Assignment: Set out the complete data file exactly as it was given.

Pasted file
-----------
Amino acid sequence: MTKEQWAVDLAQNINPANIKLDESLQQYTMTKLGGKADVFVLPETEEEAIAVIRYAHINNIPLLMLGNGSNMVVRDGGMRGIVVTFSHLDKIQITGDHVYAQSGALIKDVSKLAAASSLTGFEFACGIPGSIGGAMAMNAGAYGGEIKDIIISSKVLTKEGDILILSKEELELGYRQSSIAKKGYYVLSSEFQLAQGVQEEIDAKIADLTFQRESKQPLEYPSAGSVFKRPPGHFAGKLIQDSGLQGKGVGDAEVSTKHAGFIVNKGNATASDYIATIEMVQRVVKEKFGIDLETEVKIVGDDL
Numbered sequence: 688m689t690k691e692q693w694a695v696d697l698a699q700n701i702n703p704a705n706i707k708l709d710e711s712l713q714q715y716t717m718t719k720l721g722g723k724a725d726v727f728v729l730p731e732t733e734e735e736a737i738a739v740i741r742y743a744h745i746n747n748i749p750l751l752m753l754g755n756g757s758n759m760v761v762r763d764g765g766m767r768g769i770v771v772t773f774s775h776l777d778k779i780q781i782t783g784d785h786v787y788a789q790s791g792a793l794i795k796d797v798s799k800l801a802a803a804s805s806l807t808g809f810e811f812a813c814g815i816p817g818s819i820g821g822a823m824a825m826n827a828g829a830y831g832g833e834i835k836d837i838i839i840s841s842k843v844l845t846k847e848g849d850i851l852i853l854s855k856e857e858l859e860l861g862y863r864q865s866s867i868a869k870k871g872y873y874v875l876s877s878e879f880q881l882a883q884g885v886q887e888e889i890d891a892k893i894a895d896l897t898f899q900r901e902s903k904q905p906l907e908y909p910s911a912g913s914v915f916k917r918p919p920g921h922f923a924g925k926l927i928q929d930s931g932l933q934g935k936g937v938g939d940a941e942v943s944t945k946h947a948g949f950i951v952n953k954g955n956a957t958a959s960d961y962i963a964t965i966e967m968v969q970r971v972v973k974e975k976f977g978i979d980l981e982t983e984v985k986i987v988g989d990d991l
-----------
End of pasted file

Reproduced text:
Amino acid sequence: MTKEQWAVDLAQNINPANIKLDESLQQYTMTKLGGKADVFVLPETEEEAIAVIRYAHINNIPLLMLGNGSNMVVRDGGMRGIVVTFSHLDKIQITGDHVYAQSGALIKDVSKLAAASSLTGFEFACGIPGSIGGAMAMNAGAYGGEIKDIIISSKVLTKEGDILILSKEELELGYRQSSIAKKGYYVLSSEFQLAQGVQEEIDAKIADLTFQRESKQPLEYPSAGSVFKRPPGHFAGKLIQDSGLQGKGVGDAEVSTKHAGFIVNKGNATASDYIATIEMVQRVVKEKFGIDLETEVKIVGDDL
Numbered sequence: 688m689t690k691e692q693w694a695v696d697l698a699q700n701i702n703p704a705n706i707k708l709d710e711s712l713q714q715y716t717m718t719k720l721g722g723k724a725d726v727f728v729l730p731e732t733e734e735e736a737i738a739v740i741r742y743a744h745i746n747n748i749p750l751l752m753l754g755n756g757s758n759m760v761v762r763d764g765g766m767r768g769i770v771v772t773f774s775h776l777d778k779i780q781i782t783g784d785h786v787y788a789q790s791g792a793l794i795k796d797v798s799k800l801a802a803a804s805s806l807t808g809f810e811f812a813c814g815i816p817g818s819i820g821g822a823m824a825m826n827a828g829a830y831g832g833e834i835k836d837i838i839i840s841s842k843v844l845t846k847e848g849d850i851l852i853l854s855k856e857e858l859e860l861g862y863r864q865s866s867i868a869k870k871g872y873y874v875l876s877s878e879f880q881l882a883q884g885v886q887e888e889i890d891a892k893i894a895d896l897t898f899q900r901e902s903k904q905p906l907e908y909p910s911a912g913s914v915f916k917r918p919p920g921h922f923a924g925k926l927i928q929d930s931g932l933q934g935k936g937v938g939d940a941e942v943s944t945k946h947a948g949f950i951v952n953k954g955n956a957t958a959s960d961y962i963a964t965i966e967m968v969q970r971v972v973k974e975k976f977g978i979d980l981e982t983e984v985k986i987v988g989d990d991l